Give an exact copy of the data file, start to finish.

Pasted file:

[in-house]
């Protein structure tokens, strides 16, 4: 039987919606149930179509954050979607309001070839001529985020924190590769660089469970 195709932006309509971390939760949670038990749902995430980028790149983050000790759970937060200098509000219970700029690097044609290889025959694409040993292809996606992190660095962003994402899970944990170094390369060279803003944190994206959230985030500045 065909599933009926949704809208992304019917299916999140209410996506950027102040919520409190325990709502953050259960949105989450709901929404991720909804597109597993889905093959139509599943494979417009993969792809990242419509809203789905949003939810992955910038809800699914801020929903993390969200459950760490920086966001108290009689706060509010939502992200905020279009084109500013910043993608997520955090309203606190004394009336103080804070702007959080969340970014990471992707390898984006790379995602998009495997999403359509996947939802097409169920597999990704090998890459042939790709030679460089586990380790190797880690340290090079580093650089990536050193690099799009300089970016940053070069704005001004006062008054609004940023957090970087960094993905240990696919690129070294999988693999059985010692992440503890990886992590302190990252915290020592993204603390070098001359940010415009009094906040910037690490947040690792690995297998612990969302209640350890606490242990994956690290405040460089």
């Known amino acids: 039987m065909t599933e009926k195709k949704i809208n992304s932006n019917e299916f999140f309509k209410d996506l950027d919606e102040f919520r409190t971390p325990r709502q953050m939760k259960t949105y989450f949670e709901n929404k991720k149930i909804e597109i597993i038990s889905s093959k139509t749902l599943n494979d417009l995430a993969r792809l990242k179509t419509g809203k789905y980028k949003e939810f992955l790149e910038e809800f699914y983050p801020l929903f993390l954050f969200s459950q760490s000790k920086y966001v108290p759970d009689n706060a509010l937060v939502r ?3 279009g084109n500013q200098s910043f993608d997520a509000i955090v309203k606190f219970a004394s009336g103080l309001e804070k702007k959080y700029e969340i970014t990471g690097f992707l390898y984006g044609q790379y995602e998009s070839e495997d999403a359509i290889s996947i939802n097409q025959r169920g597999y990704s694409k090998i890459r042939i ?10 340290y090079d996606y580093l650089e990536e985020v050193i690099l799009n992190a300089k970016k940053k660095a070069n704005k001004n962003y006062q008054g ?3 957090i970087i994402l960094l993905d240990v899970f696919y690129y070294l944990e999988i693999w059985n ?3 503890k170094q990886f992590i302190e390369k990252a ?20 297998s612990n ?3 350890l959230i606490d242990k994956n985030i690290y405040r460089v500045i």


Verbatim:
[in-house]
């Protein structure tokens, strides 16, 4: 039987919606149930179509954050979607309001070839001529985020924190590769660089469970 195709932006309509971390939760949670038990749902995430980028790149983050000790759970937060200098509000219970700029690097044609290889025959694409040993292809996606992190660095962003994402899970944990170094390369060279803003944190994206959230985030500045 065909599933009926949704809208992304019917299916999140209410996506950027102040919520409190325990709502953050259960949105989450709901929404991720909804597109597993889905093959139509599943494979417009993969792809990242419509809203789905949003939810992955910038809800699914801020929903993390969200459950760490920086966001108290009689706060509010939502992200905020279009084109500013910043993608997520955090309203606190004394009336103080804070702007959080969340970014990471992707390898984006790379995602998009495997999403359509996947939802097409169920597999990704090998890459042939790709030679460089586990380790190797880690340290090079580093650089990536050193690099799009300089970016940053070069704005001004006062008054609004940023957090970087960094993905240990696919690129070294999988693999059985010692992440503890990886992590302190990252915290020592993204603390070098001359940010415009009094906040910037690490947040690792690995297998612990969302209640350890606490242990994956690290405040460089």
């Known amino acids: 039987m065909t599933e009926k195709k949704i809208n992304s932006n019917e299916f999140f309509k209410d996506l950027d919606e102040f919520r409190t971390p325990r709502q953050m939760k259960t949105y989450f949670e709901n929404k991720k149930i909804e597109i597993i038990s889905s093959k139509t749902l599943n494979d417009l995430a993969r792809l990242k179509t419509g809203k789905y980028k949003e939810f992955l790149e910038e809800f699914y983050p801020l929903f993390l954050f969200s459950q760490s000790k920086y966001v108290p759970d009689n706060a509010l937060v939502r ?3 279009g084109n500013q200098s910043f993608d997520a509000i955090v309203k606190f219970a004394s009336g103080l309001e804070k702007k959080y700029e969340i970014t990471g690097f992707l390898y984006g044609q790379y995602e998009s070839e495997d999403a359509i290889s996947i939802n097409q025959r169920g597999y990704s694409k090998i890459r042939i ?10 340290y090079d996606y580093l650089e990536e985020v050193i690099l799009n992190a300089k970016k940053k660095a070069n704005k001004n962003y006062q008054g ?3 957090i970087i994402l960094l993905d240990v899970f696919y690129y070294l944990e999988i693999w059985n ?3 503890k170094q990886f992590i302190e390369k990252a ?20 297998s612990n ?3 350890l959230i606490d242990k994956n985030i690290y405040r460089v500045i």